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Raymond Gram Swing 77th Birthday Celebration

Wednesday, March 25, 1964

This episode is from the WNYC archives. It may contain language which is no longer politically or socially appropriate.

John Gunther acts as master of ceremonies at the 77th birthday celebration of journalist Raymond Gram Swing. He introduces a series of speakers who give short talks in honor of Swing. The occasion also marks the publication of Swing's book "Good Evening!"

Fred Friendly, president of CBS, speaks first in Swing's honor. He notes that Swing was the first professional in electronic journalism. He states that everyone in the room owes something to Swing, a trailblazer in journalism.

Quincy Howe speaks about Swing's good judgment as a journalist - one who didn't need an editor.

Henry Loomis, head of Voice of America, discusses the challenges and success of radio. He discusses how Swing made an effort to make his broadcasts as relevant to someone in a village in India as to a Communist as to the American audience. He writes editorials as they were meant to be written.

John Gunther then announces a birthday surprise: a series of birthday greetings by a variety of notable people recorded by CBS. Includes messages from: Secretary of State Dean Rusk, Dame Rebecca West, New York Senator Jacob K. Javits, former Prime Minister Lord Clement Attlee, House Majority Leader Mike Mansfield, William Clark (Baron Clark of Kempston), Senator Hubert Humphrey, British journalist Geoffrey Crowther, Joe Harsh, Lord John Reith, Merrill Miller, and Frank McGee.

Many of the British speakers discuss how Swing was responsible for keeping them aware of the American views of the war with Germany before the US became an allied forces.

Jospeh Newman, of the New York Herald Tribune presents Swing with a transfer of the taped tribute compilation.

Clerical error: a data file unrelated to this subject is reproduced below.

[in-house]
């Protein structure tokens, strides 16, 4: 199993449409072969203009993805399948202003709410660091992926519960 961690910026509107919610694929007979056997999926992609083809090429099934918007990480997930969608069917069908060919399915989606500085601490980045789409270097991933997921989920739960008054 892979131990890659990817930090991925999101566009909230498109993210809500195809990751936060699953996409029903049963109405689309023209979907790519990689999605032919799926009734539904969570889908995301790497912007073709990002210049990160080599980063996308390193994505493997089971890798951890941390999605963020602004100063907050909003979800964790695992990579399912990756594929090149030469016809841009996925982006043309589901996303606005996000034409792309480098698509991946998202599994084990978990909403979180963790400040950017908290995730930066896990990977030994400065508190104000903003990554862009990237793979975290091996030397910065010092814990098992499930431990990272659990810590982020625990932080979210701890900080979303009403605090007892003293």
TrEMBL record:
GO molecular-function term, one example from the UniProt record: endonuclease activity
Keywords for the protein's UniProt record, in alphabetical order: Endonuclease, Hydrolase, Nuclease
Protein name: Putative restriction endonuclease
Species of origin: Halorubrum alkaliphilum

Many other notable figures pay tribute to Swing and his influence in the field of journalism including Walter Lippman. Many letters and telegrams are read on behalf of people who could not attend the event.

Raymond Gram Swing closes the evening with a graciously delivered speech. He speaks of his career and of the task of the "communicators" to keep the world safe from ourselves (related specifically to war and nuclear armament).


Audio courtesy of the NYC Municipal Archives WNYC Collection


WNYC archives id: 70316
Municipal archives id: T194

Contributors:

Clement Attlee, William Clark, Geoffrey Crowther, Fred W. Friendly, John Gunther, Quincy Howe, Hubert Humphrey, Jacob K. Javits, William Jay Lippman, H. Loomis, Mike Mansfield, Frank McGee, Edward P. Morgan, Joseph Newman, John Charles Walsham Reith Reith, Dean Rusk, Howard K. Smith and Rebecca West

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About Overseas Press Club

Comprised of both speeches and question-answer sessions, this news program brings together foreign correspondents and public figures from culture and politics.

The Overseas Press Club (1940-1967) contains voices from the past that help us understand their time and place in history. What sets these talks apart from others like them is the presence of a live audience of foreign correspondents — reporters with international perspectives and questions. The resulting sessions have a distinctly different dynamic than would those with an audience of American journalists of the period.

Speakers include the German writer Günter Grass talking about his fascination with American prize fighters; a fiery young LeRoi Jones (later known as Amiri Baraka) telling his audience "where it’s at with Mr. Charlie"; James Farmer on the civil rights movement and where it should be going; David Halberstam on the trials of covering the war in Vietnam; Josephine Baker on the focus of her later years, her adopted children; and Herman Kahn on being pushed to the nuclear edge.  Other notable speakers include the actor Alec Guinness, Richard Nixon, and a gaggle of early female pilots competing in the air race known as the Angel Derby. 

With presentations ranging from rambunctious and spirited to contentious and political, this collection provides invaluable access to the language and nomenclature of America's burgeoning global culture.

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